Baseball second baseman Joe Morgan died at age 77. He played for the Houston Astros, Cincinnati Reds, San Francisco Giants, Philadelphia Phillies and Oakland Athletics from 1963 to 1984.

Nebraska Sees A New Spike In Coronavirus Cases

Nebraska hospitals are warning that intensive care beds are getting scarce as coronavirus cases surge. Doctors say Nebraskans need to take responsibility for slowing the spread of the pandemic.

Former Judiciary Nominations Counsel On Amy Coney Barrett’s Confirmation Hearing

NPR's Ailsa Chang speaks with Gregg Nunziata, former nominations counsel for the Republicans on the Senate Judiciary Committee, about Amy Coney Barrett's Supreme Court confirmation hearing.

Digital Minister On Taiwan’s Handling Of The Coronavirus Pandemic

In Taiwan, only seven people died of COVID-19. NPR's Ailsa Chang talks with Audrey Tang, Taiwan's digital minister about how Taiwan has been managing the pandemic.

New Study Predicts Over 400,000 Pandemic-Related Deaths In The U.S. This Year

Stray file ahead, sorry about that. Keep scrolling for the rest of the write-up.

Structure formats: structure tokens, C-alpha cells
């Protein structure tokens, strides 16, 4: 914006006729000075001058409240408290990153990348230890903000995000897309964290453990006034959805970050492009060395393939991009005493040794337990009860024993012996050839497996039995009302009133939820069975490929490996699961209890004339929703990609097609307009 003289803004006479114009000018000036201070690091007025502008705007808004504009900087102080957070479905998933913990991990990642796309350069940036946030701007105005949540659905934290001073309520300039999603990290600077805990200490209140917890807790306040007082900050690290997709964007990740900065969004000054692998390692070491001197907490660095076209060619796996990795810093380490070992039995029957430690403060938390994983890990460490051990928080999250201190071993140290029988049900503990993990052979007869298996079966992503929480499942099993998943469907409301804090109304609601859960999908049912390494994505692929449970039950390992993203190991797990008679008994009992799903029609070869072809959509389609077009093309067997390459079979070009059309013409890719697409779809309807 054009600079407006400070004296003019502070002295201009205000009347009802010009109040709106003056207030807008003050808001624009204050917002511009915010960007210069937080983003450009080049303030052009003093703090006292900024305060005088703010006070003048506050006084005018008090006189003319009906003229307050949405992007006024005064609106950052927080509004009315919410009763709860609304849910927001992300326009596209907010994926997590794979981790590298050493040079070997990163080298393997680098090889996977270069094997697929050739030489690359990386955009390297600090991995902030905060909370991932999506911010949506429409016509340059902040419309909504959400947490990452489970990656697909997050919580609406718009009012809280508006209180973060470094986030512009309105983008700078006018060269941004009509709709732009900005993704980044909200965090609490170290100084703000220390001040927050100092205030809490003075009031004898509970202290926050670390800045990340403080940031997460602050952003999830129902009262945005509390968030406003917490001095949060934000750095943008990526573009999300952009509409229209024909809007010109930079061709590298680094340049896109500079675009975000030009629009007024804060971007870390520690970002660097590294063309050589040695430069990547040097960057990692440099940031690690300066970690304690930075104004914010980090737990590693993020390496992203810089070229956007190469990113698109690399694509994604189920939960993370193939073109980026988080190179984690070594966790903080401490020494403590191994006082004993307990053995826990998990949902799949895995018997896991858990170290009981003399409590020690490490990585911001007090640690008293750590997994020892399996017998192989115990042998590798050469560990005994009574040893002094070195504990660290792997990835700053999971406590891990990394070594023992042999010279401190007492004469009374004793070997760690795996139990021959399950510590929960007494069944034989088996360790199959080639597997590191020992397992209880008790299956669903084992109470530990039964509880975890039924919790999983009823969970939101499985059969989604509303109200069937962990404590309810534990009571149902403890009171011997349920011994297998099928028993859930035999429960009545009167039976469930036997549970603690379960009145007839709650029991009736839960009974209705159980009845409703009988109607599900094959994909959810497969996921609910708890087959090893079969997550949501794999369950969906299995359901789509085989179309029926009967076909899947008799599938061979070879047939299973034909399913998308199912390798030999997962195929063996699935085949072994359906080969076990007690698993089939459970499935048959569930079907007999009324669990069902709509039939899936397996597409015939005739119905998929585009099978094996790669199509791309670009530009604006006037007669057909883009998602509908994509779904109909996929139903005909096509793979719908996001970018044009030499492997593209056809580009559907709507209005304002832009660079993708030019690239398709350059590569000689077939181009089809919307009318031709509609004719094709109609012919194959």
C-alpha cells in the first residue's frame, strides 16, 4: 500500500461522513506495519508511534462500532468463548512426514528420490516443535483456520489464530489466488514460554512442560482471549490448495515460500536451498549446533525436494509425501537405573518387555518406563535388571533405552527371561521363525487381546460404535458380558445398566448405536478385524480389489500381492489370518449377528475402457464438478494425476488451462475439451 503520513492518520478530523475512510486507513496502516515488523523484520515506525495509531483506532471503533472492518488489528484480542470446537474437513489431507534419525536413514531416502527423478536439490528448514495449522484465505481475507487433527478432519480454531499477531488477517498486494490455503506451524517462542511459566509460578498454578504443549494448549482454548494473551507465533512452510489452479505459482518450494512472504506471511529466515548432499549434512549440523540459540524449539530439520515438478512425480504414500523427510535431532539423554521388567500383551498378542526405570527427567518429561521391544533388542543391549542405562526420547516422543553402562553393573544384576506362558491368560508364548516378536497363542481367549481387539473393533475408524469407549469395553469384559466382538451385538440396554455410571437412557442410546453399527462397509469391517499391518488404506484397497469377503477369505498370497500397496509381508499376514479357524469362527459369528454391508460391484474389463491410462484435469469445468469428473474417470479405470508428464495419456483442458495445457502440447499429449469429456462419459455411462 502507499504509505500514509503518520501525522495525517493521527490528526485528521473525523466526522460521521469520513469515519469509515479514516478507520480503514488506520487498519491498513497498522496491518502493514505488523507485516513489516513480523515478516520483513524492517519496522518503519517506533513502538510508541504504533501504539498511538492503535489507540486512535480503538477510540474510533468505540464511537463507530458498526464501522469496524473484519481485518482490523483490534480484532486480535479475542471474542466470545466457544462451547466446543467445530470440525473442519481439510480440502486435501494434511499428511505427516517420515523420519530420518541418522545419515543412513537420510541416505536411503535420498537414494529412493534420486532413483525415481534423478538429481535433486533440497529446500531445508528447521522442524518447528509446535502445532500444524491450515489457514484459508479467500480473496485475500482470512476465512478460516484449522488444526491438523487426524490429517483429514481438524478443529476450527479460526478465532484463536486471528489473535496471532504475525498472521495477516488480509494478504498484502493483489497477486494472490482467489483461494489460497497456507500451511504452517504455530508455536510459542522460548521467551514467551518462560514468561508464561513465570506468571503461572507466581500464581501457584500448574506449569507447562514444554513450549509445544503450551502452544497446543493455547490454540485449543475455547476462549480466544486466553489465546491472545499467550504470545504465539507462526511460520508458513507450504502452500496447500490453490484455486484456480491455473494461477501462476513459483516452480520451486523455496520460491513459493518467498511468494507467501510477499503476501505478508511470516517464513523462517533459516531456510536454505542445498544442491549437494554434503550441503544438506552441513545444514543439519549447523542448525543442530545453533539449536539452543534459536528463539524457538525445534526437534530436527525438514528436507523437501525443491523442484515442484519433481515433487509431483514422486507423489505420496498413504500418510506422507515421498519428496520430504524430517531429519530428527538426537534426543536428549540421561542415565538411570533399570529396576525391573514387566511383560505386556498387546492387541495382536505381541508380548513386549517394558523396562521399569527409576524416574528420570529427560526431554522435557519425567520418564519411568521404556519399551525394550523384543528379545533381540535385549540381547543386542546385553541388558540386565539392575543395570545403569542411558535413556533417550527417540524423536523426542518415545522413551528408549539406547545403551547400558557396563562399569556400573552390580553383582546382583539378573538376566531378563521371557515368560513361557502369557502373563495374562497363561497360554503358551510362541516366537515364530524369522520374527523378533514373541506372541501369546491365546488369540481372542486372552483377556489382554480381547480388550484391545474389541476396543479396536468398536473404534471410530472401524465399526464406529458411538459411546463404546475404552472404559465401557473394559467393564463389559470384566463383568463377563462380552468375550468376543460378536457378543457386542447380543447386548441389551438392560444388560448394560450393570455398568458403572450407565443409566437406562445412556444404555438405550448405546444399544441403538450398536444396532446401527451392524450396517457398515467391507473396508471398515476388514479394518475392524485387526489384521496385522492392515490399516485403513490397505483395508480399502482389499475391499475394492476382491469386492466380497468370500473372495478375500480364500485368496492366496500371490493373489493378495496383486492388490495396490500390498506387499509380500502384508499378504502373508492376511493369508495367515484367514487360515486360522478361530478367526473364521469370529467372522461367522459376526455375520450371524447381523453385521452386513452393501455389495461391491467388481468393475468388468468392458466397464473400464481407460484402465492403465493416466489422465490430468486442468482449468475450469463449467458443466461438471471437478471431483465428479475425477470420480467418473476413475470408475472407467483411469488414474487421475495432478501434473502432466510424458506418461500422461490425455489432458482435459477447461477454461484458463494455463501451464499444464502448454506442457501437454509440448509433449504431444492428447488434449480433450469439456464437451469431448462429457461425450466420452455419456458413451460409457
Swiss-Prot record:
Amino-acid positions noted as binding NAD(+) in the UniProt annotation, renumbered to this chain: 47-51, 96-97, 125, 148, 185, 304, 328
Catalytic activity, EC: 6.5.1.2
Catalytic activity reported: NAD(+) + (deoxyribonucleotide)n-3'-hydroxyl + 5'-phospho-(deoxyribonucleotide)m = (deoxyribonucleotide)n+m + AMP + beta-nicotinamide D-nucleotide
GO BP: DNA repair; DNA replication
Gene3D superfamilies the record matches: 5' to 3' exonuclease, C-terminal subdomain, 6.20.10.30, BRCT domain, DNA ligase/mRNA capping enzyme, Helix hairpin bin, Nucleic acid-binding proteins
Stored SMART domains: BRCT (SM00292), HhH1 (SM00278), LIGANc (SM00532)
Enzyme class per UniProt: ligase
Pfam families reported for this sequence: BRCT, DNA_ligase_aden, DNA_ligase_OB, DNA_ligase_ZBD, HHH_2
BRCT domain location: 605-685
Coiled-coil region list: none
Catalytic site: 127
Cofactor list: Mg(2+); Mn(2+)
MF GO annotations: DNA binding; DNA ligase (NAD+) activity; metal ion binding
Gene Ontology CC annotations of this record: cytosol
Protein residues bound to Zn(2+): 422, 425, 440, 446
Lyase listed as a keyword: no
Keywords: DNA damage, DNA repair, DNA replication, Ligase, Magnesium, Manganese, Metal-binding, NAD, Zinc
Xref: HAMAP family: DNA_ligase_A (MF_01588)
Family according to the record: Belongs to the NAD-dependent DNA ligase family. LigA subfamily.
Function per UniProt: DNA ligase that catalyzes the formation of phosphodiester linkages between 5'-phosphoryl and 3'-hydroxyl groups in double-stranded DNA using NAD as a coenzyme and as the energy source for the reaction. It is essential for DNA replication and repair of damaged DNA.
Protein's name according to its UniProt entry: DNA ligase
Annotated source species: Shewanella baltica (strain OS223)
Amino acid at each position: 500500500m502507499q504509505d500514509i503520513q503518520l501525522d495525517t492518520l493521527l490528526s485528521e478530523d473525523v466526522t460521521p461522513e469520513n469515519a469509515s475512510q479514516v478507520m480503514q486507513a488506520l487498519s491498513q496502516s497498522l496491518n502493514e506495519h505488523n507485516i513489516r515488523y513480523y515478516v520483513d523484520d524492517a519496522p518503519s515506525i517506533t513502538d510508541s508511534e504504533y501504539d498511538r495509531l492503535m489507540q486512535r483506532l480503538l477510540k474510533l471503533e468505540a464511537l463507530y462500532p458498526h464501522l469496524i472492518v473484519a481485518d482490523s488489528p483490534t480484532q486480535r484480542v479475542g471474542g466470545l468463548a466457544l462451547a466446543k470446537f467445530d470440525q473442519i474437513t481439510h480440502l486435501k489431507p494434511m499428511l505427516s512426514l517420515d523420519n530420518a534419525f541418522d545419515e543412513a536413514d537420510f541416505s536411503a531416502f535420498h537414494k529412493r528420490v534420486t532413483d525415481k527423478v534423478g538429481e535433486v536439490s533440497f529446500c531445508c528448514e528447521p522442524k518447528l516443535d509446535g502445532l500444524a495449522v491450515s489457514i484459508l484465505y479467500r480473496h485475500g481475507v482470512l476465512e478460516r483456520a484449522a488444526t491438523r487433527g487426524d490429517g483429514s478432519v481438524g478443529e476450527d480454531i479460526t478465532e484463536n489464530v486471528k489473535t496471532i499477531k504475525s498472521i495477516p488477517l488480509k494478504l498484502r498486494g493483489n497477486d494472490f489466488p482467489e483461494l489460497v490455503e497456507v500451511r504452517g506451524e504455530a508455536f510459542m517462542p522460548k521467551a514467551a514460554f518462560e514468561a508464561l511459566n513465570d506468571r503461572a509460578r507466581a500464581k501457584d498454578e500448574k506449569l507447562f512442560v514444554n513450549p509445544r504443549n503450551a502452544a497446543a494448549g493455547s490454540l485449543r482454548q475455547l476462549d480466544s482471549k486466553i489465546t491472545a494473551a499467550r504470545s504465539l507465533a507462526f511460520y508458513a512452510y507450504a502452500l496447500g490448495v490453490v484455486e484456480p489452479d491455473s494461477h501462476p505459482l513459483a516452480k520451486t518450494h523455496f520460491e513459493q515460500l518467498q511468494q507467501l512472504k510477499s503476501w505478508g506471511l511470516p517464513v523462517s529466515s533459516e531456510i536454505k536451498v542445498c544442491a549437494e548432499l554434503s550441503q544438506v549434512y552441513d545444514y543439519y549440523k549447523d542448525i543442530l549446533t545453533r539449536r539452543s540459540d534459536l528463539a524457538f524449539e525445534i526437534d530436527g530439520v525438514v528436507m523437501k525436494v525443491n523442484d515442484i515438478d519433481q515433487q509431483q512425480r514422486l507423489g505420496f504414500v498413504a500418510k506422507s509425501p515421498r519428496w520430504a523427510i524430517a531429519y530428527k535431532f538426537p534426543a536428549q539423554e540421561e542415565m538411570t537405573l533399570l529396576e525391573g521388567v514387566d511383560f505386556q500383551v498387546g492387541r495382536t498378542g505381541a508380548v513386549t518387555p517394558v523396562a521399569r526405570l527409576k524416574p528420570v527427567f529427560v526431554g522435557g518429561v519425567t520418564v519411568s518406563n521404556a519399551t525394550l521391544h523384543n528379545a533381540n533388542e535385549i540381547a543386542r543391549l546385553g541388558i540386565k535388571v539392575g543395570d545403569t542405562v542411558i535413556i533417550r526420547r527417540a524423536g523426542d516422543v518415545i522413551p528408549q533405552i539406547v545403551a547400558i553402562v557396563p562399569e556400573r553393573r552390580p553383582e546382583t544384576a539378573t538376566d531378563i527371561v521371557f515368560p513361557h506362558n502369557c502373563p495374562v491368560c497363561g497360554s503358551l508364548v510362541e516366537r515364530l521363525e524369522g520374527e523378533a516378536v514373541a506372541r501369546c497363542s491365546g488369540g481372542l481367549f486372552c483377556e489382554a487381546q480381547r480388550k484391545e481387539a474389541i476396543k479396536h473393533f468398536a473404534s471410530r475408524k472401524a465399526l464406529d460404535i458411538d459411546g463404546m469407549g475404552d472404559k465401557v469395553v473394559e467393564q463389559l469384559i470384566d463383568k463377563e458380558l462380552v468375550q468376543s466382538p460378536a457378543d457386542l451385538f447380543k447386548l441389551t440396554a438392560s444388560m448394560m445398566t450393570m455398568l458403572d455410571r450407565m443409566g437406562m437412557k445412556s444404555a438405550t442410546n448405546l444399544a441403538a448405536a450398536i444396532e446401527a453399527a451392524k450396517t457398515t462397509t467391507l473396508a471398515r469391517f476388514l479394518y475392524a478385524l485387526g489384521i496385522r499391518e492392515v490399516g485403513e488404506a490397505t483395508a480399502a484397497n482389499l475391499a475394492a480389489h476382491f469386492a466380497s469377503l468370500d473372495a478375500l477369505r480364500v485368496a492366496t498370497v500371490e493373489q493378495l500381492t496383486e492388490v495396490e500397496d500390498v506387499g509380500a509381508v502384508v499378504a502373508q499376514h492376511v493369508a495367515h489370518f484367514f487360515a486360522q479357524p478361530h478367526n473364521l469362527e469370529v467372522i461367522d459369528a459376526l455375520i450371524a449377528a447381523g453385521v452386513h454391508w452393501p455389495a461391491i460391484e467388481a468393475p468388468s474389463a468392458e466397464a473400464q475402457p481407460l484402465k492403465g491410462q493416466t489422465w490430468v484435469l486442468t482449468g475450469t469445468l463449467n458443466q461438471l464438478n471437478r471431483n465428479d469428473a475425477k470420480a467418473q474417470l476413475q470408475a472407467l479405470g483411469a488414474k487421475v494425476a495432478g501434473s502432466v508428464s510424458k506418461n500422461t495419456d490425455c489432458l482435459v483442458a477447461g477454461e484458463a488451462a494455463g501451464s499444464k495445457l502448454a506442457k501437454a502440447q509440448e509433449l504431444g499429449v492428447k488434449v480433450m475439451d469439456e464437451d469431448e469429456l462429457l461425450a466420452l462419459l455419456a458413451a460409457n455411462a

A new study estimates the pandemic could cause over 400,000 deaths in the U.S. this year. It includes those who died of COVID-19 and people who died due to disruptions caused by the pandemic.

Two American Professors Win Nobel Prize In Economics

Stanford University professors Paul Milgrom and Robert Wilson won the 2020 Nobel Memorial Prize in Economic Sciences for their work in understanding and designing auctions.

Japanese Fashion Designer Kenzo Takada Dies At 81

Japanese fashion designer Kenzo Takada died of COVID-19 in Paris at age 81. His signature bold prints introduced Japanese design to the fashion world.

Lawmakers Call For A Coronavirus Testing Program On Capitol Hill

Even after three Senators tested positive for the coronavirus, there are still no testing or tracing protocols on Capitol Hill. There are bipartisan calls to create a regular testing system.

Update On Presidential Campaigns

President Trump is back on the campaign trail for the first time since he tested positive for the coronavirus. He is campaigning in Florida while his Democratic rival, Joe Biden, is in Ohio.

How Sen. Ernst’s Handling Of Amy Coney Barrett’s Nomination May Affect Her Reelection

Sen. Joni Ernst, R-Iowa, is considered one of the most vulnerable incumbents in the Senate. Her path to reelection is complicated by her past statements about how she'd handle a Supreme Court vacancy.

Reuters Reporter On The Rise Of Single-Use Plastic During The Pandemic

NPR's Ailsa Chang talks with Joe Brock of Reuters about an investigation into the rise of single-use plastic in the pandemic and the oil companies' massive investments into global plastic production.